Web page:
Definitions

from The American Heritage® Dictionary of the English Language, 4th Edition

  • adj. Not achieving an adequate standard; poor: a bad concert.
  • adj. Evil; sinful.
  • adj. Vulgar or obscene: bad language.
  • adj. Informal Disobedient or naughty: bad children.
  • adj. Disagreeable, unpleasant, or disturbing: a bad piece of news.
  • adj. Unfavorable: bad reviews for the play.
  • adj. Not fresh; rotten or spoiled: bad meat.
  • adj. Injurious in effect; detrimental: bad habits.
  • adj. Not working properly; defective: a bad telephone connection.
  • adj. Full of or exhibiting faults or errors: bad grammar.
  • adj. Having no validity; void: passed bad checks.
  • adj. Being so far behind in repayment as to be considered a loss: bad loans.
  • adj. Severe; intense: a bad cold.
  • adj. Being in poor health or in pain: I feel bad today.
  • adj. Being in poor condition; diseased: bad lungs.
  • adj. Sorry; regretful: She feels bad about how she treated you.
  • adj. Slang Very good; great.
  • n. Something that is below standard or expectations, as of ethics or decency: weighing the good against the bad.
  • adv. Usage Problem Badly.
  • idiom in bad Informal In trouble or disfavor.
  • idiom my bad Slang Used to acknowledge that one is at fault.
  • idiom half Informal Reasonably good.
  • v. Archaic A past tense of bid.

from Wiktionary, Creative Commons Attribution/Share-Alike License

  • adj. Not good; unfavorable; negative.
  • adj. Seemingly non-appropriate, in manners, etc.
  • adj. Not suitable or fitting.
  • adj. Tricky; stressful; unpleasant.
  • adj. Evil; wicked.
  • adj. Faulty; not functional.
  • adj. Spoiled, rotten, overripe.
  • adj. Malodorous, foul.
  • adj. Bold and daring.
  • adj. Severe, urgent.
  • adv. Badly.
  • n. error, mistake
  • adj. this sense?) (slang) Fantastic.
  • v. Alternative past tense of bid. See bade.
  • v. To shell (a walnut).

from the GNU version of the Collaborative International Dictionary of English

  • Bade.
  • adj. Wanting good qualities, whether physical or moral; injurious, hurtful, inconvenient, offensive, painful, unfavorable, or defective, either physically or morally; evil; vicious; wicked; -- the opposite of good.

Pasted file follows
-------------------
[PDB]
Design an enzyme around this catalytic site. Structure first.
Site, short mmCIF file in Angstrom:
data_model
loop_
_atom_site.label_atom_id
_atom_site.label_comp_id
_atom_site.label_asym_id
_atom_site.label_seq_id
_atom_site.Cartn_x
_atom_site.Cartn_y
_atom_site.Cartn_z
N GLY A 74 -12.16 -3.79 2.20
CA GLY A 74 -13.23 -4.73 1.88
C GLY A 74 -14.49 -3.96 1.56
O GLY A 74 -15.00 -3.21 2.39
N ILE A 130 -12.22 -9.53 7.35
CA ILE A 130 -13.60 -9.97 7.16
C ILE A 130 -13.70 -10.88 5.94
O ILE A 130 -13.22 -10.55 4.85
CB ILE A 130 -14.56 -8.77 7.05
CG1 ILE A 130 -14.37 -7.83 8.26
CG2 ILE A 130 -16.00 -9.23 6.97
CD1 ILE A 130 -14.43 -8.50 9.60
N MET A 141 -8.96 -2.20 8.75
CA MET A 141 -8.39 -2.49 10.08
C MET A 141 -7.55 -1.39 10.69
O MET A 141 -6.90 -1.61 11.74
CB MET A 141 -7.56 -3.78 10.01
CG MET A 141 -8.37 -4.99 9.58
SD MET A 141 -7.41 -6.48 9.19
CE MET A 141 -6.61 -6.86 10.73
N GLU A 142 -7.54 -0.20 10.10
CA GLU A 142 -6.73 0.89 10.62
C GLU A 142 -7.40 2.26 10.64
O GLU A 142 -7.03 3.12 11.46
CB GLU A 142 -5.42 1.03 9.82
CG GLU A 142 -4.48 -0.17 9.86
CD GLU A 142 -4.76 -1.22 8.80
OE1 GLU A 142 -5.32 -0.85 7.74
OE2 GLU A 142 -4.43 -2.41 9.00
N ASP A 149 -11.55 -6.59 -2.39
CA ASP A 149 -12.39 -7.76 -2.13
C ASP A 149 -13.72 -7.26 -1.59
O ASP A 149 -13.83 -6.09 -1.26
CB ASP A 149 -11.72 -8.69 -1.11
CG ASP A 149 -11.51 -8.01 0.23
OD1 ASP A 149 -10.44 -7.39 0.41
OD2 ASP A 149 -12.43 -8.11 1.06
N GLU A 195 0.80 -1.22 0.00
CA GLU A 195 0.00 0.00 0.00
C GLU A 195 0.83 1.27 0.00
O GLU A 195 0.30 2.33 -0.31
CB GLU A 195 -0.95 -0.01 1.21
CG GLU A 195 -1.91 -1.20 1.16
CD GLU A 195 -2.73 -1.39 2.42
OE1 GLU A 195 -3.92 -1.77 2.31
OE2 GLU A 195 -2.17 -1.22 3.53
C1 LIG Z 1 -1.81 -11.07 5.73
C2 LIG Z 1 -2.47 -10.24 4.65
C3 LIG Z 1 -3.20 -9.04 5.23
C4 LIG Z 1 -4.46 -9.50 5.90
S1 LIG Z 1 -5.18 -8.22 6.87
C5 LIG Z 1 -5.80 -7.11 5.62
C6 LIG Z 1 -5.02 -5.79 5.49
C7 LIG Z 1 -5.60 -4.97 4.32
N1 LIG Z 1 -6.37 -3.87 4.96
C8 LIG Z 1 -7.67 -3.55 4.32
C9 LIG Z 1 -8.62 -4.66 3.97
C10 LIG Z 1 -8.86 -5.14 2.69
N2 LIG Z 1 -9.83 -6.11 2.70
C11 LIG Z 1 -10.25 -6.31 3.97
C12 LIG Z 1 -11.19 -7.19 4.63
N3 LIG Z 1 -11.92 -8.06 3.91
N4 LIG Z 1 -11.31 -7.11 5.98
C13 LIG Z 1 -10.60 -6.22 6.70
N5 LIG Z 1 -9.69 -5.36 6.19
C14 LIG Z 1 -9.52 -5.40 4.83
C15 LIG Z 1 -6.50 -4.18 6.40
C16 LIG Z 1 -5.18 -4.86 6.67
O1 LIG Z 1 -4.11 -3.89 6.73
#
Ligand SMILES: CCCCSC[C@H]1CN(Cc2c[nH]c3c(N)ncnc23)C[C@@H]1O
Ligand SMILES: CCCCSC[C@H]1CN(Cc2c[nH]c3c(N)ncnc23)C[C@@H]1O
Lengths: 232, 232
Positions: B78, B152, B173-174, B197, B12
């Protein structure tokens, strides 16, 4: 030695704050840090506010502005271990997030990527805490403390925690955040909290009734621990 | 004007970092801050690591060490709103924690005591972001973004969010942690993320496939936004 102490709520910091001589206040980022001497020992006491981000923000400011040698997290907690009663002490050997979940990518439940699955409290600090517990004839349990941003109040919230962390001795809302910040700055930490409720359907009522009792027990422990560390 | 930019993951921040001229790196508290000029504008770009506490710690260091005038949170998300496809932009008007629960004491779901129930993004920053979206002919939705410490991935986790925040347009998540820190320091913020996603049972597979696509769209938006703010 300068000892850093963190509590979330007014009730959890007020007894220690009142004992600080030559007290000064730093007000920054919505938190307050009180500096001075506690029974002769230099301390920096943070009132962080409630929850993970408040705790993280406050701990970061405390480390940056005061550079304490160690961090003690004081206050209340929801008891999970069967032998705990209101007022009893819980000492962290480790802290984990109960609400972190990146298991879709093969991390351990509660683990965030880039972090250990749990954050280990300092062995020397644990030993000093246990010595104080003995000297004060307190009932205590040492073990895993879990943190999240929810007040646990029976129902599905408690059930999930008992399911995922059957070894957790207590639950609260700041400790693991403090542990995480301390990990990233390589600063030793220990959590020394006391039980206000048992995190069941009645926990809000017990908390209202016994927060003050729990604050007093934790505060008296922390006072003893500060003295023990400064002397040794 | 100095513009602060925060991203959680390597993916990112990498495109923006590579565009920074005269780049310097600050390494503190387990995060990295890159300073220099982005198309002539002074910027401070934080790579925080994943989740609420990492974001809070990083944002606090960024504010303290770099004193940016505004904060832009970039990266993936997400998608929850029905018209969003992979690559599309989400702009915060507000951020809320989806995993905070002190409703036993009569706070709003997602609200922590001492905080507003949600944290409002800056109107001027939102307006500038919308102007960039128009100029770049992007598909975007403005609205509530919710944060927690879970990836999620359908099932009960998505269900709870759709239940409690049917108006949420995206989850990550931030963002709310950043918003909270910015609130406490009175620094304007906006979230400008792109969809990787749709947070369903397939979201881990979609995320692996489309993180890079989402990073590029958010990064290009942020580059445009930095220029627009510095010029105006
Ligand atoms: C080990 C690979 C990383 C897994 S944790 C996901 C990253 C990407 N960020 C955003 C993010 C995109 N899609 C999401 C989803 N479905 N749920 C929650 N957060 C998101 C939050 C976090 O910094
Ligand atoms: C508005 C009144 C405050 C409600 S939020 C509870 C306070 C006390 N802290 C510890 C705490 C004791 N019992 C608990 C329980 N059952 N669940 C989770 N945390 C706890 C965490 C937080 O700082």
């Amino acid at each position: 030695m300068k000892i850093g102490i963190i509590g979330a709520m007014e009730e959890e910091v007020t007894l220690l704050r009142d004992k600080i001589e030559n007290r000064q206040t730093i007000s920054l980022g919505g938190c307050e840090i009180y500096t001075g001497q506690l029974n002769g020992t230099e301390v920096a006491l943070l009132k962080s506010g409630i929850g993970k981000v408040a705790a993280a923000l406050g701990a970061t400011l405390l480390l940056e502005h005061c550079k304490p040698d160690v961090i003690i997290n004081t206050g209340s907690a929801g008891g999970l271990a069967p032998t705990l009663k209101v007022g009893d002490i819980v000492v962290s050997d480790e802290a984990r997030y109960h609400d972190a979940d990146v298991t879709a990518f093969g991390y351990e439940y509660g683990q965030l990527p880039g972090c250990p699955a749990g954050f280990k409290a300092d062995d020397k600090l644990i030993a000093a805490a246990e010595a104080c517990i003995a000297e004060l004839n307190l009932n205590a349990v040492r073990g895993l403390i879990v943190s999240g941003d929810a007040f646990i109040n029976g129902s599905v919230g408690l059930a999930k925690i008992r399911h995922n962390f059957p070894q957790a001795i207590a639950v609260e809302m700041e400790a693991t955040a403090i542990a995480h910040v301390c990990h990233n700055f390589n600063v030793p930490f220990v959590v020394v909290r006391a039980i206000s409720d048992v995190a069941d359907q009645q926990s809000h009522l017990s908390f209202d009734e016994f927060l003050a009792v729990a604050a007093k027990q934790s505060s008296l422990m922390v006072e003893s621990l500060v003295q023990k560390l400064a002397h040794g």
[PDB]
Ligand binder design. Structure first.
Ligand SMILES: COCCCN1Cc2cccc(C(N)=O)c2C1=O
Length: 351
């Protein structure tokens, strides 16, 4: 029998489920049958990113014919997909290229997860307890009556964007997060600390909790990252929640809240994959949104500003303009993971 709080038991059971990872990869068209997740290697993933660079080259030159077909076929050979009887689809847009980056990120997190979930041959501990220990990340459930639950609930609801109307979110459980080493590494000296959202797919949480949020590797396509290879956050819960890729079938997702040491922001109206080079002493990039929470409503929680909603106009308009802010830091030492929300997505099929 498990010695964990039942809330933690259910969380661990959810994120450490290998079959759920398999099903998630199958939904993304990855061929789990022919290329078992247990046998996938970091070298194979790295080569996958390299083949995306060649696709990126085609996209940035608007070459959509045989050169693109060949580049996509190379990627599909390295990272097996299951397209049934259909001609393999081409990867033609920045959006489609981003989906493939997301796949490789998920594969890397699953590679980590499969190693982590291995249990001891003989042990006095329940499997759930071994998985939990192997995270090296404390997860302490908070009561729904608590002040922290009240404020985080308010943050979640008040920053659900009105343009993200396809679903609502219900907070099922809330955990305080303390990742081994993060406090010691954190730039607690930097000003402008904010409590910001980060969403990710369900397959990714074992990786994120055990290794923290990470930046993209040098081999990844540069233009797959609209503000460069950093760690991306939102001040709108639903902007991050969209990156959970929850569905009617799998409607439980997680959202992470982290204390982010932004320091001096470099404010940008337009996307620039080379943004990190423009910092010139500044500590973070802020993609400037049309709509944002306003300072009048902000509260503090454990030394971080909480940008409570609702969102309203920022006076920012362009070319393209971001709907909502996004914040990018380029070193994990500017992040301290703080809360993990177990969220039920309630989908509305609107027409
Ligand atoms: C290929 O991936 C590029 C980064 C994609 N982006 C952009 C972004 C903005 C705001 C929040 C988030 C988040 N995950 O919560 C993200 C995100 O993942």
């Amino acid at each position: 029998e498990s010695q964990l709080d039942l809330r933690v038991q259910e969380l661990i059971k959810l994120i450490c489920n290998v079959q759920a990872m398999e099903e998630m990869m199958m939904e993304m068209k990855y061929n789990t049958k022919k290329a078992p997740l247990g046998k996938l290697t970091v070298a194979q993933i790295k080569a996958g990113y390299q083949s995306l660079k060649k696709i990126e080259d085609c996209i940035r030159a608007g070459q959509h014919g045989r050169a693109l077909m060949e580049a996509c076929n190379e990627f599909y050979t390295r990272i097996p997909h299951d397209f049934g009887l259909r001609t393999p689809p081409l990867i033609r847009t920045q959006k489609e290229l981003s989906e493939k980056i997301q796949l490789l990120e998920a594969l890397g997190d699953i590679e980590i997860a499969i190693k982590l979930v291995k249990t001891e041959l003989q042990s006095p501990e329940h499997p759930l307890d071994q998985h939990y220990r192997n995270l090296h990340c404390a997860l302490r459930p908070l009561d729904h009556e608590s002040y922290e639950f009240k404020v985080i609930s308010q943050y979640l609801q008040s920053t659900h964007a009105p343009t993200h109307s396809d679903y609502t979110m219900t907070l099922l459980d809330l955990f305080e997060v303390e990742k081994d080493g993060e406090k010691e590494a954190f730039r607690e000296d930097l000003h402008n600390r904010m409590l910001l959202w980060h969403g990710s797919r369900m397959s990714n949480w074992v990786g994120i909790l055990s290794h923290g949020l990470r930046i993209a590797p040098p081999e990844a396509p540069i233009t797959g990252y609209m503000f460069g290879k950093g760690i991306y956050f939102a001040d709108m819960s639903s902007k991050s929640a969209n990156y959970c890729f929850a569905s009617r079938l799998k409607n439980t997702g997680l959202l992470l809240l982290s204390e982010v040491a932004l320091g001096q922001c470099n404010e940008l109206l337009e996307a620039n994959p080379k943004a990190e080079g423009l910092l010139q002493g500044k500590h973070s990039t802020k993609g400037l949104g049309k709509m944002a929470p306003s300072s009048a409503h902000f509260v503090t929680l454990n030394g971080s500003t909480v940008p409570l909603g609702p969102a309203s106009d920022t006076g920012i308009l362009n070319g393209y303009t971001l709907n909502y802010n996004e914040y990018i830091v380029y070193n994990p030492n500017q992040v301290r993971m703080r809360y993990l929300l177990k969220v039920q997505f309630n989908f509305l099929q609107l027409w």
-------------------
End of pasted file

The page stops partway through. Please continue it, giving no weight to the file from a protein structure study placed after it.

from The Century Dictionary and Cyclopedia

  • Evil; ill; vicious; wicked; depraved: applied to persons, conduct, character, influence, etc.: as, a bad man; bad conduct; a bad life; a bad heart; bad influence, etc.
  • Offensive; disagreeable; troublesome; painful; grievous: as, bad treatment; a bad temper; it is too bad that you had to wait so long.
  • Hurtful; noxious; having an injurious or unfavorable tendency or effect: with for: as, bad air or bad food; late hours are bad for the health; this step would be bad for your reputation or prospects.
  • Ill; in ill health; sick; in unsound condition: as, to feel bad; to be bad with rheumatism; a bad hand or leg.
  • Not good; defective; worthless; poor; of no value: as, bad coin; bad debts; a bad soil; a bad crop; a bad piece of work; bad health.
  • Incorrect; faulty: as, a bad aim; bad English; a bad pronunciation.
  • Not valid; not sound: as, a bad claim; a bad plea.
  • Unfavorable; unfortunate: as, bad news; bad success.
  • [Bad is the ordinary antithesis of good, in all its senses, whether positively, ‘evil,’ ‘harmful,’ or negatively, ‘not good,’ ‘not satisfactory,’ and whether substantively, ‘being evil,’ or causally, ‘causing harm.’ The senses run into one another, the precise application being determined by the context.]
  • n. That which is bad. A bad condition: as, to go to the bad (see below). A bad thing: as, there are bads and goods among them.
  • n. Preterit of bid.

from WordNet 3.0 Copyright 2006 by Princeton University. All rights reserved.

  • adj. feeling or expressing regret or sorrow or a sense of loss over something done or undone
  • adv. with great intensity (`bad' is a nonstandard variant for `badly')
  • adj. having undesirable or negative qualities
  • adj. physically unsound or diseased
  • adj. capable of harming
  • adj. (of foodstuffs) not in an edible or usable condition
  • adj. characterized by wickedness or immorality
  • adj. not capable of being collected
  • adj. reproduced fraudulently
  • adj. not financially safe or secure
  • n. that which is below standard or expectations as of ethics or decency
  • adj. nonstandard
  • adj. very intense
  • adj. below average in quality or performance
  • adj. feeling physical discomfort or pain (`tough' is occasionally used colloquially for `bad')
  • adj. not working properly
  • adv. very much; strongly

Etymologies

Middle English badde.
(American Heritage® Dictionary of the English Language, Fourth Edition)
From Middle English bad, badde ("wicked, evil, depraved"), probably a shortening of Old English bæddel ("hermaphrodite") (cf. English much, wench, from Old English myċel, wenċel), from bǣdan ("to defile"), from Proto-Germanic *bad- (cf. Old High German pad ("hermaphrodite")), from Proto-Indo-European *bʰoidʰ- (cf. Welsh baedd ("wild boar"), Latin foedus ("foul, filthy"), foedō ("to defile, pollute")). (Wiktionary)
Probably identical to bad, etymology 1, above, especially in the sense "bold, daring". (Wiktionary)
From Middle English bad, from Old English bæd, first and third-person singular indicative past tense of biddan ("to ask"). (Wiktionary)
Unknown (Wiktionary)

Examples

Comments

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  • {Dab] in reverse. Also, an enantiomorph.

    November 2, 2007

  • A contronym meaning both good and bad.

    January 31, 2007